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2019.05.08

【Aging, safety net and fiscal crisis in Japan】No.182: A consistent increase in elder abuse cases

In this column series, Yukihiro Matsuyama, Research Director at CIGS introduces the latest information about aging, safety net and fiscal crisis in Japan with data of international comparison.

In Column No.88, I mentioned that elder abuse has become a big social problem. Elder abuse is roughly divided into two types: abuse by staff in long-term care facilities and abuse by family members. According to a preliminary report released in March 2019 by the Ministry of Health, Labour and Welfare, the number of cases recognized as abusive was 510 in long-term care facilities (452 cases in 2017) and 17,078 in homes (16,384 cases in 2017), a sharp increase from the previous year.


A closer look at abuse cases by staff in long-term care facilities indicates that older people with more severe dementia suffer more physical abuse and abandoned care. The independence in daily life patients with dementia can have is classified into seven levels as shown in Table 1. Figure 1 shows the kind of abuse the elderly are subjected to with respect to their level of dementia. For example, of the elderly with M-level dementia who are abused, 71.9% are physically abused, 24.7% are psychologically abused, and 22.6% are abandoned. The overall composition of care workers is 22.3% males and 77.7% females. However, 54.9% of those who abuse the elderly at long-term care facilities are males (Figure 2).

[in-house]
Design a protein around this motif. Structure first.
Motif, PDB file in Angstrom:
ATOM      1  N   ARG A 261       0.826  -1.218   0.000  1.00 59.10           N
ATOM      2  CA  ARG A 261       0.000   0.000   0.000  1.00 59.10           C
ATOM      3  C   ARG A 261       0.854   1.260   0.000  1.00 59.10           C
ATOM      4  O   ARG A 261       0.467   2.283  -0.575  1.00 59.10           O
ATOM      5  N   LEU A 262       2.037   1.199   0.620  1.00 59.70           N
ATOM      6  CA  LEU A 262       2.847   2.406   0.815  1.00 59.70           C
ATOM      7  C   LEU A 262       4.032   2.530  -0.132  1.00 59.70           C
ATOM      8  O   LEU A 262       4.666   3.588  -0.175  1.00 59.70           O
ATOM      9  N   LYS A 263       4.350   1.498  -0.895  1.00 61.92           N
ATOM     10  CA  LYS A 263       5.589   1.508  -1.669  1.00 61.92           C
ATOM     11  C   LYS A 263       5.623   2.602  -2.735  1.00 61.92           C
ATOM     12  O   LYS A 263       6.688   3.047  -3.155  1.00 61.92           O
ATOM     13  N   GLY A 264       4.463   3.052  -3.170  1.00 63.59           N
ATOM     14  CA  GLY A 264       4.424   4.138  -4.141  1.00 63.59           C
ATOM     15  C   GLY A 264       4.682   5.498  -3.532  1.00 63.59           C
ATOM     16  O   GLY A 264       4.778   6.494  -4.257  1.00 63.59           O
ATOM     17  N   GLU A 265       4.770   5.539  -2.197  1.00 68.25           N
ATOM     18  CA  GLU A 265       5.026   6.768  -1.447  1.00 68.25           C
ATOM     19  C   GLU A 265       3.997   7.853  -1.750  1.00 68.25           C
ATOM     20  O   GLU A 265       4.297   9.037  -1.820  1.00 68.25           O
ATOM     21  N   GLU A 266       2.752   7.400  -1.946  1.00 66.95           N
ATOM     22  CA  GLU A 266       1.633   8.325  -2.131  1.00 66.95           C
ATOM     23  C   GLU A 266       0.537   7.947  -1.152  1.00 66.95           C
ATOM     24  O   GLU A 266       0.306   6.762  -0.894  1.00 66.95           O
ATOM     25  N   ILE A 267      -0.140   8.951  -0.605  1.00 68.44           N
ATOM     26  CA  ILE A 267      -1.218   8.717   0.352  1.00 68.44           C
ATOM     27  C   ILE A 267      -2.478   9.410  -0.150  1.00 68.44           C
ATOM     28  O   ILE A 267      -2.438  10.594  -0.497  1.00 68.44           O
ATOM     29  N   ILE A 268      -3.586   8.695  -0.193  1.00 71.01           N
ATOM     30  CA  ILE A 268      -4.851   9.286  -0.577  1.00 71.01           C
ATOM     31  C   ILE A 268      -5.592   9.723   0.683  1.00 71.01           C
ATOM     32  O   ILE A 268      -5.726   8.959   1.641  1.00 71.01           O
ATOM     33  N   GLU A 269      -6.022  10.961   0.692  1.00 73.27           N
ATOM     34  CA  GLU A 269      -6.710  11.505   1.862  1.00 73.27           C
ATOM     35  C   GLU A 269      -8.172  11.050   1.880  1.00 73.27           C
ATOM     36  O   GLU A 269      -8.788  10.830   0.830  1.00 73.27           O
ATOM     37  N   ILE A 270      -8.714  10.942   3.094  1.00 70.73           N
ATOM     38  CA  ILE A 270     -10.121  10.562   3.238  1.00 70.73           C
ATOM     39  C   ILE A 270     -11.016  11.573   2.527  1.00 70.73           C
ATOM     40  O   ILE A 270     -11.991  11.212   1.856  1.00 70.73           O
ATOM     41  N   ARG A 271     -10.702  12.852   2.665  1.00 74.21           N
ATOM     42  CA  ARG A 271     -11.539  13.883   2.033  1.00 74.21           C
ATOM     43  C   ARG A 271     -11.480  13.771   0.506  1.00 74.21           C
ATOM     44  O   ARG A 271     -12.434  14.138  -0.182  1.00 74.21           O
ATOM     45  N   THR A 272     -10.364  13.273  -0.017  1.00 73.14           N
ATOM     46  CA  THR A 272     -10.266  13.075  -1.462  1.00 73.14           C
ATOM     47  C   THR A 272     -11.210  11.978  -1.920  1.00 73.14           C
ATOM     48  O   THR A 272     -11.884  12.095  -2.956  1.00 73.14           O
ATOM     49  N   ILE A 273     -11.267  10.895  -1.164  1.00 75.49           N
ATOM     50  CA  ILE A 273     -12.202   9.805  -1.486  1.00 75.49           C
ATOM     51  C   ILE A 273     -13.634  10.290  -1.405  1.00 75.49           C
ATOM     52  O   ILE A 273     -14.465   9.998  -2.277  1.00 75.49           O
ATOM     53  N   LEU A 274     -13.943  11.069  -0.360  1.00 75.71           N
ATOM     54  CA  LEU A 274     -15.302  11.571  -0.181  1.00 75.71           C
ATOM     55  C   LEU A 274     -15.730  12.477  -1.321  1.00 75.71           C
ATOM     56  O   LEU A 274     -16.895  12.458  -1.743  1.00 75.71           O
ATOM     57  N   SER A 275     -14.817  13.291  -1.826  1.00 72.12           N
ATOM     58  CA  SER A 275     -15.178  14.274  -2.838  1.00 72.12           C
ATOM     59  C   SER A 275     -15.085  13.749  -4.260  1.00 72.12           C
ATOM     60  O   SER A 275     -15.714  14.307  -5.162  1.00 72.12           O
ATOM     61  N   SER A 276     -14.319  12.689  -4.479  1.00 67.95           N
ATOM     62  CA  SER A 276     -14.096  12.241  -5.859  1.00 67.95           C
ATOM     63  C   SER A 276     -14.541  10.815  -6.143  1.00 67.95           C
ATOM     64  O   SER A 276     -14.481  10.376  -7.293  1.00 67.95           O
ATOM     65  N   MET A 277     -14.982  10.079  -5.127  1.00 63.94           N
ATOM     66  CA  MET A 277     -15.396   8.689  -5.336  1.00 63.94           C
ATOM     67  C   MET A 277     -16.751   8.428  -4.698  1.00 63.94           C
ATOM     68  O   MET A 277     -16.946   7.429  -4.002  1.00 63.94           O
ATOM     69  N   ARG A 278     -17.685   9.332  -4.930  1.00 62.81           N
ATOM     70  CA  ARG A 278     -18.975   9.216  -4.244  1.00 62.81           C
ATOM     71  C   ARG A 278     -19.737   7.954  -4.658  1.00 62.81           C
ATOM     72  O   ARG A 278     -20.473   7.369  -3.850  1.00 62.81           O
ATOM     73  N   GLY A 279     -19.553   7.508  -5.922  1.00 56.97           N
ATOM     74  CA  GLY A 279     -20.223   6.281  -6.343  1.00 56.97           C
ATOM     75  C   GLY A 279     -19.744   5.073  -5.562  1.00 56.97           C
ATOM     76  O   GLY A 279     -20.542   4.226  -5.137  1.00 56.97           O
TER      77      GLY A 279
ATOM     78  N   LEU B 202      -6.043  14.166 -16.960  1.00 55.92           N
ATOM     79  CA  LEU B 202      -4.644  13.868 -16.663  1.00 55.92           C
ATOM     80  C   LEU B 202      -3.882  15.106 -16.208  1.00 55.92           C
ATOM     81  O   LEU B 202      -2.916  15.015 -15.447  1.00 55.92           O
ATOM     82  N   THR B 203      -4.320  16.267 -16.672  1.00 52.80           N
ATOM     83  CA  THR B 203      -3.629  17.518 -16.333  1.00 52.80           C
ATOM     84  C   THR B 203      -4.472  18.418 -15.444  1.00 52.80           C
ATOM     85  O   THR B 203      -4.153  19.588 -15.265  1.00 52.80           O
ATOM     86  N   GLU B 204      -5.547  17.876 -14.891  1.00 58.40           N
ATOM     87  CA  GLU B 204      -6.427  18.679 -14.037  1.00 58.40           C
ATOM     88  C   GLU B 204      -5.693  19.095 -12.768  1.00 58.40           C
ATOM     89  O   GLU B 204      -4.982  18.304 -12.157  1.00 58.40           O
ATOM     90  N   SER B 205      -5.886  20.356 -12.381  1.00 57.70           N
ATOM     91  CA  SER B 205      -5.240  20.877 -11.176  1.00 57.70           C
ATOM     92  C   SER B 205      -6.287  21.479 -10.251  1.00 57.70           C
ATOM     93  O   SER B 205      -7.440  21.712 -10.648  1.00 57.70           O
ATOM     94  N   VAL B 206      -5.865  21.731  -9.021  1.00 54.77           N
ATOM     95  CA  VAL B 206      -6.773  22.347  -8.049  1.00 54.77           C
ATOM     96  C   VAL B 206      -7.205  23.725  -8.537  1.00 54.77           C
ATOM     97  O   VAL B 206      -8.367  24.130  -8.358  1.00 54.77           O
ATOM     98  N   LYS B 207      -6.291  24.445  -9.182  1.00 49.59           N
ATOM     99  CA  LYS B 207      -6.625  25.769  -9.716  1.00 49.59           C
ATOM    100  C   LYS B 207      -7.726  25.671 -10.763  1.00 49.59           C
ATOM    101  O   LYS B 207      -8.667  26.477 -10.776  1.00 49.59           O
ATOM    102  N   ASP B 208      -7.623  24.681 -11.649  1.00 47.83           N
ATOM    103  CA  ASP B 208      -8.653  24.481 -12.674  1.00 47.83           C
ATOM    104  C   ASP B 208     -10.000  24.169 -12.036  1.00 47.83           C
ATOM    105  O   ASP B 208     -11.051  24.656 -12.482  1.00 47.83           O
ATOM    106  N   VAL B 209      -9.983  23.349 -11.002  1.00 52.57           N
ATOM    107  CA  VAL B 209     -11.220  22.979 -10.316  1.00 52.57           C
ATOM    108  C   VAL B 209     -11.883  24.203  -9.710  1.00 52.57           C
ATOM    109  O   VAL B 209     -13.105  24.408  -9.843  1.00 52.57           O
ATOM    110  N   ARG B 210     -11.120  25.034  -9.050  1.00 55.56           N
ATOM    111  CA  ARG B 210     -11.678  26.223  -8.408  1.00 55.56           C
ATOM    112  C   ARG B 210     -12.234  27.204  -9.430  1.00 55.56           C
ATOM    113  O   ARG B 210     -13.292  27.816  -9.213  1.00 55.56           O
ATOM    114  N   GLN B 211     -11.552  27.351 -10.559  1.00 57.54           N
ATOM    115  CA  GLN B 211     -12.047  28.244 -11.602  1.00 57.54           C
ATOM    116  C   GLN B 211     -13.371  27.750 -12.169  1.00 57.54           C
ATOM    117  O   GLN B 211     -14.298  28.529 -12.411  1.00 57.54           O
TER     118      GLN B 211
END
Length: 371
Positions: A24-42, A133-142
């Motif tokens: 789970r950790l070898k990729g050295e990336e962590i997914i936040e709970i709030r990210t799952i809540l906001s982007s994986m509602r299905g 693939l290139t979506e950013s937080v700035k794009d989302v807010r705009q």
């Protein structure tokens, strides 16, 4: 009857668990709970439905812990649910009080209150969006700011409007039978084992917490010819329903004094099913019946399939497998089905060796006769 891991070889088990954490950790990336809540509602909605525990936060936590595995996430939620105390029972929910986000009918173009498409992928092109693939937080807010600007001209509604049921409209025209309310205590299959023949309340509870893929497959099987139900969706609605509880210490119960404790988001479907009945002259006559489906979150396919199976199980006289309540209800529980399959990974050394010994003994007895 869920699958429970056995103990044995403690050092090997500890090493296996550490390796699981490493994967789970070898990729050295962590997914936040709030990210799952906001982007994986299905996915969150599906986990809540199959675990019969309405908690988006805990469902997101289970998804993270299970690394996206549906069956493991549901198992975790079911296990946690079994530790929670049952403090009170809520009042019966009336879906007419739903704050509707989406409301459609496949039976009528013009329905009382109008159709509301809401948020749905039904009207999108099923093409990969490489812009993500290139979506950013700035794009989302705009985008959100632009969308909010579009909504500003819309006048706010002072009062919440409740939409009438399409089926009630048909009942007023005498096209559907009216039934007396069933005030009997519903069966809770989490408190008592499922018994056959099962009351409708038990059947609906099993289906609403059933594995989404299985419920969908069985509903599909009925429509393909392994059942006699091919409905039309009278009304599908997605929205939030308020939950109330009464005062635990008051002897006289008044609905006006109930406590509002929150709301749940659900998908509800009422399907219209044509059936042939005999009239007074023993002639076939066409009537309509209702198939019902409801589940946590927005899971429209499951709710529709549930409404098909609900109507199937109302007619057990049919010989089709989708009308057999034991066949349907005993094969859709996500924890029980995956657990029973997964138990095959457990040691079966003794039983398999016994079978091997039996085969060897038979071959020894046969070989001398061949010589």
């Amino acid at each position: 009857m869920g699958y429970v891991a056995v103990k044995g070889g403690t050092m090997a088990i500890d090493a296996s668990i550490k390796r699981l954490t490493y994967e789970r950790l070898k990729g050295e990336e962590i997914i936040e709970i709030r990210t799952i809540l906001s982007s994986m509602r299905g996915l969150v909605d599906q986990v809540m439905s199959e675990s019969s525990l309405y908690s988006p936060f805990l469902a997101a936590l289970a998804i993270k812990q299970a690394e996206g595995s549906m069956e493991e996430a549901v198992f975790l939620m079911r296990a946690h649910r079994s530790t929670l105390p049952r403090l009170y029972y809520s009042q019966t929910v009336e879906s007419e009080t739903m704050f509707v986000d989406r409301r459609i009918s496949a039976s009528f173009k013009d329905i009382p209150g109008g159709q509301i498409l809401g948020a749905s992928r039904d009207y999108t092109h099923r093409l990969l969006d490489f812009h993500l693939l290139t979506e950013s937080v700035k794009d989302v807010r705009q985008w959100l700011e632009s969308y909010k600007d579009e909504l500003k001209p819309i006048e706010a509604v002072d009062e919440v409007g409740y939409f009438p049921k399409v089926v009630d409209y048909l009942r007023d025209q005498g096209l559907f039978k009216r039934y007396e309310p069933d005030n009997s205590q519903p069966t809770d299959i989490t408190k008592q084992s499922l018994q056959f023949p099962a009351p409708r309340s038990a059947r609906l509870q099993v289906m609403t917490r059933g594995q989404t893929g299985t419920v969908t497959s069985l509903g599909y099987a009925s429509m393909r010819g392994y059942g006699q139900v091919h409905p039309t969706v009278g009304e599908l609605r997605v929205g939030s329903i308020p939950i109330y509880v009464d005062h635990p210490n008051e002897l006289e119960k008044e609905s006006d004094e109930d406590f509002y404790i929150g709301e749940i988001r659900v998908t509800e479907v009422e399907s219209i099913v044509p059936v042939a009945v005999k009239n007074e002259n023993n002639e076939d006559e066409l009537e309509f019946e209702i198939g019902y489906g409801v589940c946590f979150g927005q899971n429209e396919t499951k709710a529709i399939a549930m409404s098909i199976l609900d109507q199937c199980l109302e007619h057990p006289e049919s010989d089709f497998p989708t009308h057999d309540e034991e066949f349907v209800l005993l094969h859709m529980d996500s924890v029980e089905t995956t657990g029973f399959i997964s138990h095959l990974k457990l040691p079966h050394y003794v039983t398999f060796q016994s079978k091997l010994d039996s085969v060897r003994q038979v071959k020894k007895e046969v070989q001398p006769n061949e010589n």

Table 1 Classification of the independence level in daily life of patients with dementia

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Source: Ministry of Health, Labour and Welfare


Figure 1 Relationship between level of dementia and type of abuse

182-fig1.png

Source: Ministry of Health, Labour and Welfare


Figure 2 Abusers in long-term care facilities

182-fig2.png

Source: Ministry of Health, Labour and Welfare


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